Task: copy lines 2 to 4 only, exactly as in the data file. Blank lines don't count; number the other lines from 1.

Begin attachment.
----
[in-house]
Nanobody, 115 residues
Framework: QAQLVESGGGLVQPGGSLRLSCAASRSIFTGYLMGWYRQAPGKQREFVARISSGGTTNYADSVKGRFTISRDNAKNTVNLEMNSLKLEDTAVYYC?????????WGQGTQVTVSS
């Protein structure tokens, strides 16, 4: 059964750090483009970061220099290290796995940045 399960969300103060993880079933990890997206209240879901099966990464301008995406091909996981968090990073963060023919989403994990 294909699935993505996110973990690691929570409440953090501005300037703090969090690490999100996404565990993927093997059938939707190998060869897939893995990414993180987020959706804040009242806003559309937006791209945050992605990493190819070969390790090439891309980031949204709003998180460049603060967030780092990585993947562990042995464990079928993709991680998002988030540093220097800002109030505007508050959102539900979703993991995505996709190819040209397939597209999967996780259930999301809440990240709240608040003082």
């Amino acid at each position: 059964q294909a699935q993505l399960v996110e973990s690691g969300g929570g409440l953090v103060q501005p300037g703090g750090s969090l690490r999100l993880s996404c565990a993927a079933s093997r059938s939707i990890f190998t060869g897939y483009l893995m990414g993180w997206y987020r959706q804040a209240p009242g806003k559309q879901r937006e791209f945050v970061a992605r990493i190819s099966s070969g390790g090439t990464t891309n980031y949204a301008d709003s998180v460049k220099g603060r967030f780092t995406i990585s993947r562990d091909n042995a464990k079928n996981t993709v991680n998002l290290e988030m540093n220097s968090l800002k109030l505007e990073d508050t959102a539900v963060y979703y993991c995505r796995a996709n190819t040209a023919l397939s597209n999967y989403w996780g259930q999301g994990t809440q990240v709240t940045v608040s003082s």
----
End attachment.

Nanobody, 115 residues
Framework: QAQLVESGGGLVQPGGSLRLSCAASRSIFTGYLMGWYRQAPGKQREFVARISSGGTTNYADSVKGRFTISRDNAKNTVNLEMNSLKLEDTAVYYC?????????WGQGTQVTVSS
């Protein structure tokens, strides 16, 4: 059964750090483009970061220099290290796995940045 399960969300103060993880079933990890997206209240879901099966990464301008995406091909996981968090990073963060023919989403994990 294909699935993505996110973990690691929570409440953090501005300037703090969090690490999100996404565990993927093997059938939707190998060869897939893995990414993180987020959706804040009242806003559309937006791209945050992605990493190819070969390790090439891309980031949204709003998180460049603060967030780092990585993947562990042995464990079928993709991680998002988030540093220097800002109030505007508050959102539900979703993991995505996709190819040209397939597209999967996780259930999301809440990240709240608040003082």